encourage all to purchase Anderson’s books for your own private study and to
support his work:
Difficult times befall us all on the road to wholeness
and maturity. Some people bounce back rather quickly, but others struggle for
weeks or months, and some never recover from their loss. Most people learn how
to accept and grow through childhood mistakes, adolescent embarrassments, young
adult misunderstandings and adult problems of all kinds. Some have had more
than their share of afflictions. God must have known that they had broad
shoulders, or was preparing them for a special ministry of helping others
through their crises.
Why do some recover faster than others
when faced with the same crisis? Does one have greater health or greater
support from others? The major difference in our ability to recover is found in
the way we perceive events that befall us. Our beliefs about these events,
ourselves and God will determine if we respond in fear, despair or faith.
We interpret trials and tribulations through
the grid of our previous learning experiences. We attempt to explain what
happened and why it happened. How we explain difficult circumstances and
painful events is drawn from our beliefs about God, ourselves, others and the
way we think the world works.
Some of the most enlightening research
responsible for the theory of explanatory styles was conducted by Martin
Seligman, the same person who did the pioneering research on learned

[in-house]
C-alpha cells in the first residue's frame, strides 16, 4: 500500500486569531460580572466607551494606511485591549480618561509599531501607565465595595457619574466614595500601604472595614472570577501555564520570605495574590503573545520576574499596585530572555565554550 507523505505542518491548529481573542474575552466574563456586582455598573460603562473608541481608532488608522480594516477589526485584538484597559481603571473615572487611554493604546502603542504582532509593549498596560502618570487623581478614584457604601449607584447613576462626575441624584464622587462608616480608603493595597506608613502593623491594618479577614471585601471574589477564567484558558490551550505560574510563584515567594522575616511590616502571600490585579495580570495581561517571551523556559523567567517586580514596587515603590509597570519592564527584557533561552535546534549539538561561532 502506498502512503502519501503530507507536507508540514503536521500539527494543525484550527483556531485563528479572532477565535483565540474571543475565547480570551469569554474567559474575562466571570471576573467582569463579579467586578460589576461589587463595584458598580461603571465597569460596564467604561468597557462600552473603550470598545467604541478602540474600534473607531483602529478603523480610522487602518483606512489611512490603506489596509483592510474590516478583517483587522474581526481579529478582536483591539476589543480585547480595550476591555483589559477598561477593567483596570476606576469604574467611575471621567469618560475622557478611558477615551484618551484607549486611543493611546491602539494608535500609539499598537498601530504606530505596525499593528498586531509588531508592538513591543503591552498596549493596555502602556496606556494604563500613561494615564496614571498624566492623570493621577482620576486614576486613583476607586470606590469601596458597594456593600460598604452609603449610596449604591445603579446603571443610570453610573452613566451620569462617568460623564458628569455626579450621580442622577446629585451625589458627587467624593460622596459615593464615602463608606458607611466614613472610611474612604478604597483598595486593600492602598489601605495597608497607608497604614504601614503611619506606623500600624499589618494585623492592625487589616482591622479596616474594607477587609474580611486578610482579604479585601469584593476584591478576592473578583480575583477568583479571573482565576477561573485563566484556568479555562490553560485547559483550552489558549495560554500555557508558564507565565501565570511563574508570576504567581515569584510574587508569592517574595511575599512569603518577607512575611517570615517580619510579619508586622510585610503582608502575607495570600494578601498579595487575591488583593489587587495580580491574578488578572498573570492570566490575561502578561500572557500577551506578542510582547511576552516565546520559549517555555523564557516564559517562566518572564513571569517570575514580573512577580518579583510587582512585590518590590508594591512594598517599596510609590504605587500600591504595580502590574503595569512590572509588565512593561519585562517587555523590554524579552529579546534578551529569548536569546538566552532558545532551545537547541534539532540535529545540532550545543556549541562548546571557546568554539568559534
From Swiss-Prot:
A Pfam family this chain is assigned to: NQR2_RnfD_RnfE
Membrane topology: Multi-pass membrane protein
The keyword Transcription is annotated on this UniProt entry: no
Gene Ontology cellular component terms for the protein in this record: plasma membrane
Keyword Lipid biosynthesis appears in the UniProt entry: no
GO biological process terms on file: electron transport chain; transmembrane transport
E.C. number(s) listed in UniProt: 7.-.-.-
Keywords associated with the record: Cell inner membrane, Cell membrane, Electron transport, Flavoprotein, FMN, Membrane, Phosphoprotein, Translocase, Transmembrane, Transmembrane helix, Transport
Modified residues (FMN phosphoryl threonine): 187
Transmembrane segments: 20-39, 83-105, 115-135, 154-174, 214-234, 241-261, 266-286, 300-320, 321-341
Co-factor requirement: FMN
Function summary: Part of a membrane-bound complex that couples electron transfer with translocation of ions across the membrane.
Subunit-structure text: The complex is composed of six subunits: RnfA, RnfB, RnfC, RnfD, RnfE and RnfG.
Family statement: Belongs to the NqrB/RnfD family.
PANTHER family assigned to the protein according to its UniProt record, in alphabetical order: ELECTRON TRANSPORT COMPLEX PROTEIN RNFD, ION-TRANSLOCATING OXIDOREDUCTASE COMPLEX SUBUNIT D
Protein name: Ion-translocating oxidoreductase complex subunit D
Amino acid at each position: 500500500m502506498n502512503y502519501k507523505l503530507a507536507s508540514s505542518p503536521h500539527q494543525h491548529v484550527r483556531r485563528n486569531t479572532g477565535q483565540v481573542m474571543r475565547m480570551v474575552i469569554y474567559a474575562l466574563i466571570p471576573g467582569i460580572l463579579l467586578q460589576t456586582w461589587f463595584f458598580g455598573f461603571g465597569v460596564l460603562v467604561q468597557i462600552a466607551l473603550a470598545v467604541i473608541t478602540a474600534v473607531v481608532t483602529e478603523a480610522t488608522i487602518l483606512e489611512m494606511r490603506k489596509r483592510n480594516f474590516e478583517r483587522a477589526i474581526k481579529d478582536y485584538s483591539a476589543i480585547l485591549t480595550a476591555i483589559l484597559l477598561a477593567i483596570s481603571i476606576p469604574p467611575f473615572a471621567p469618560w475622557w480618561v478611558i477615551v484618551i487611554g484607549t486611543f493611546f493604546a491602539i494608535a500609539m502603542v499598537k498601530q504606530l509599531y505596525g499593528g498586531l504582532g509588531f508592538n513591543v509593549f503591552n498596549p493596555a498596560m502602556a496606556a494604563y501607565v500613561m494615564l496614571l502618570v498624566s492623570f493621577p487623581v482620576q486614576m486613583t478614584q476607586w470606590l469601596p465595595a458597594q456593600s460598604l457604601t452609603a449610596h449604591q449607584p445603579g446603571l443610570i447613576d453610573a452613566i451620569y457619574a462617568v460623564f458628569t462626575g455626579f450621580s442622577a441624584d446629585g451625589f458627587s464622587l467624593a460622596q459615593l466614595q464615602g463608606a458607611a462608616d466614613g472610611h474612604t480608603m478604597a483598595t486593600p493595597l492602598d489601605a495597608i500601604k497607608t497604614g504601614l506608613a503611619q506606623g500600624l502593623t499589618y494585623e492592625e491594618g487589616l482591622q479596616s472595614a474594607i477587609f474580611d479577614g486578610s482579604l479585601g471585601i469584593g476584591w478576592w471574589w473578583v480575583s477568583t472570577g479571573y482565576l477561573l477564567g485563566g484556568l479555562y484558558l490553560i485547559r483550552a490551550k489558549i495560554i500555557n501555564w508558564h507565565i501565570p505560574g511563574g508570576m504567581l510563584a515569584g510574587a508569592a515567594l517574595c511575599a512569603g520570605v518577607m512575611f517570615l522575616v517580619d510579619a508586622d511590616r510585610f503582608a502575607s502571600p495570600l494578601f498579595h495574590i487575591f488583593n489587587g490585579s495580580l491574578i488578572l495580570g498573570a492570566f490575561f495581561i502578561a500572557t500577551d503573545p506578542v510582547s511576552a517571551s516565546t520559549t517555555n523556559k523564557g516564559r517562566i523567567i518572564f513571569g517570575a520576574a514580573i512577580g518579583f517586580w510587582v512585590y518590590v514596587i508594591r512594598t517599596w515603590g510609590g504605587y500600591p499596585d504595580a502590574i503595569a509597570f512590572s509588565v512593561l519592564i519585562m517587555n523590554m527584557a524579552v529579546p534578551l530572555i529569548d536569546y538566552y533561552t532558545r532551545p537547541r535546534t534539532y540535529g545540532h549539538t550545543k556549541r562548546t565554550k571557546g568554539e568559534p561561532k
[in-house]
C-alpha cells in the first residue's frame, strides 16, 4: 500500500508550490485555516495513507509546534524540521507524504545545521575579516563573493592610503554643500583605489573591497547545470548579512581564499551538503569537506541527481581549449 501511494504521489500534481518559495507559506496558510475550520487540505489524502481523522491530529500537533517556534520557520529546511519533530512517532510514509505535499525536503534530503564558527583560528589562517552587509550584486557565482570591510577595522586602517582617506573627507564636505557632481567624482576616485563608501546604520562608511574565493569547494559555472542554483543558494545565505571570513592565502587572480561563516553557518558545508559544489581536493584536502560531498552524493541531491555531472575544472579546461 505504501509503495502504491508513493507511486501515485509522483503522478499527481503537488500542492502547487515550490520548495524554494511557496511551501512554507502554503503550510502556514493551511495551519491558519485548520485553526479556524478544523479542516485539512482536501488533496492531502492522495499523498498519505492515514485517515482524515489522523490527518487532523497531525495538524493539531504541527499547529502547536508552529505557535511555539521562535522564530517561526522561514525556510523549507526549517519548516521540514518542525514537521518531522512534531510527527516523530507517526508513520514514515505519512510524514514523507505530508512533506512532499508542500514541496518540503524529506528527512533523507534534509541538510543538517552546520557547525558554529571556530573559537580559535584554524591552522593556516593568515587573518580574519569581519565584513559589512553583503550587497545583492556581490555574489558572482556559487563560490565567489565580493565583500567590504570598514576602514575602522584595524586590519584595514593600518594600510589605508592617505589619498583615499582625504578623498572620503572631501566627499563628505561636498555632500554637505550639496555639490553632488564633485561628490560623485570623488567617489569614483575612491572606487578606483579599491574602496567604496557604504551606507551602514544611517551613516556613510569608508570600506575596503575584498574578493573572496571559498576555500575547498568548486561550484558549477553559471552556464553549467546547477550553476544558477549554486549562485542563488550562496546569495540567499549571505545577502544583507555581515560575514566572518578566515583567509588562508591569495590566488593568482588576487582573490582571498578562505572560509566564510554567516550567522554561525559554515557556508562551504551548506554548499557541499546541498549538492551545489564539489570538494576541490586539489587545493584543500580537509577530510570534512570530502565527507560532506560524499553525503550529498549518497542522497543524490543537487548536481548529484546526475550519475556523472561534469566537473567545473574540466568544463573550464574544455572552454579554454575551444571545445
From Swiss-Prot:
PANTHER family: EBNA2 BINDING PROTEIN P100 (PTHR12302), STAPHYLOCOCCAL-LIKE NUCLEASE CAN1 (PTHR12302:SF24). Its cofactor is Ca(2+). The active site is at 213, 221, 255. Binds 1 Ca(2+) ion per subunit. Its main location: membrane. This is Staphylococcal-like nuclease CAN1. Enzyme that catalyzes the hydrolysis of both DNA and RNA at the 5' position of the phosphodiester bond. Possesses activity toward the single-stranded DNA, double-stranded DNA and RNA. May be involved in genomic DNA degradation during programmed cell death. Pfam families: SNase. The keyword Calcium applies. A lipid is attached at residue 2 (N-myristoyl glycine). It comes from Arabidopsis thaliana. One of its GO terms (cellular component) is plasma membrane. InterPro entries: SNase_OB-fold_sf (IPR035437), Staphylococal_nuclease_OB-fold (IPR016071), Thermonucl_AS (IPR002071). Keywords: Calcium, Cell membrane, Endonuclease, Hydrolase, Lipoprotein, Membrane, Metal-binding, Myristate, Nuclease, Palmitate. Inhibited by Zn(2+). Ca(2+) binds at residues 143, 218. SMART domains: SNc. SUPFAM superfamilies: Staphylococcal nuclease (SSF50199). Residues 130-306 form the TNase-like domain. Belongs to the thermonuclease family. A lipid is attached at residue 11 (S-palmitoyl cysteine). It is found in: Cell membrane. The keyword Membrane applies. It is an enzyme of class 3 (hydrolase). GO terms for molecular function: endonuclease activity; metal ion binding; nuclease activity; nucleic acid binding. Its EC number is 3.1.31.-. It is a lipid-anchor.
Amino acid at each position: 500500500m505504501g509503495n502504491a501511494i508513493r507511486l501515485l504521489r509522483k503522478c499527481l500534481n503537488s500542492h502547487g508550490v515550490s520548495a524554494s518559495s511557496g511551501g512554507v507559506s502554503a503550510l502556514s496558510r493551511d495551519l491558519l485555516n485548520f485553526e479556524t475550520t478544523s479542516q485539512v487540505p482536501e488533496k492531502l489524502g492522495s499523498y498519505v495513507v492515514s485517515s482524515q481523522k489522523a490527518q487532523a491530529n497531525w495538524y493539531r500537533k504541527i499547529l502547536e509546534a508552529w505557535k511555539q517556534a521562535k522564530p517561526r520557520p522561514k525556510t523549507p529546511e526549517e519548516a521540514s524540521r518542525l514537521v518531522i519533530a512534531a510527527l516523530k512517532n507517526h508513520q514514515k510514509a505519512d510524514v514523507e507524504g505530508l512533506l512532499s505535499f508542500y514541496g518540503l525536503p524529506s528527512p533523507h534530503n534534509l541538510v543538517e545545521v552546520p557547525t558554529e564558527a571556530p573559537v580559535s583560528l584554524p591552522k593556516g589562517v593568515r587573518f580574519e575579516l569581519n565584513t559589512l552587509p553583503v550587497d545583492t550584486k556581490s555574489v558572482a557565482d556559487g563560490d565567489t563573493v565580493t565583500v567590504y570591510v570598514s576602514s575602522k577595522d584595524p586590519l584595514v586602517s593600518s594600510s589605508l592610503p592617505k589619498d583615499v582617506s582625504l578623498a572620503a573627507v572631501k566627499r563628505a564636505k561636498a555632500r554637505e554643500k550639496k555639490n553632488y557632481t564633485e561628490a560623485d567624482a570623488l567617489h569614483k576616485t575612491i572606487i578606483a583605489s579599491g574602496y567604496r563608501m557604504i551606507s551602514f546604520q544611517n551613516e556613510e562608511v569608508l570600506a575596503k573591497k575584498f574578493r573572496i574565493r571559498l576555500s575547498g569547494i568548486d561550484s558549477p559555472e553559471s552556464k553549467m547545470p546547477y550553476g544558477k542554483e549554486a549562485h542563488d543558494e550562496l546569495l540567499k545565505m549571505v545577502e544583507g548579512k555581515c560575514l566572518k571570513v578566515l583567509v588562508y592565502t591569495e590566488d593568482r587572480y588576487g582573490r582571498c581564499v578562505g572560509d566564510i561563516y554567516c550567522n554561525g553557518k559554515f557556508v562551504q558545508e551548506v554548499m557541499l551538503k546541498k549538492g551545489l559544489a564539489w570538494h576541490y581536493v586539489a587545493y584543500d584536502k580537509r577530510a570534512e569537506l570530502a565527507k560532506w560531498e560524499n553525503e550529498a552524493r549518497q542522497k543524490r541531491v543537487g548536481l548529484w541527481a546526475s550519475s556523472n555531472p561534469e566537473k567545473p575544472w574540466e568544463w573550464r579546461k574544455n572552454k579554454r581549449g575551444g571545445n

chapter 7). Seligman asked:
How do you think about the cause of the misfortunes, small and large,
that befall you? Some people, the ones who give up easily, habitually say of
their misfortunes: "It's me, it's going to last forever, it's going to
undermine everything I do." Others, those who resist giving in to
misfortune, say: "It was just circumstances, it's going away quickly
anyway, and besides, there's much more in life."
According to Seligman, we have all developed
explanatory styles to deal with crisis events. These explanatory styles
determine how soon and even whether we will recover from losses. These
explanatory styles are made up of the following three constructs.
It will last forever.
The speed of our recovery is greatly affected by whether
we think the consequences of the crisis will have a short-term or a long-term
effect on us. If we think our problems today will negatively affect us all our
lives, then we will become pessimistic, believe that the situation is hopeless
and consequently feel depressed.
This kind of thinking is so commonplace
that we are hardly aware of it. Suppose a husband thinks, My wife is
cranky. She must be in a bad mood. That is a short-term problem, and it
will have very little lasting effect upon her husband. He may decide to avoid
confrontation until the mood passes. But if the husband thinks, My wife is
cranky. She is an irritable person, he is viewing the situation as a
long-term problem. His response could vary from:
"I'm going to ignore her." That is denial.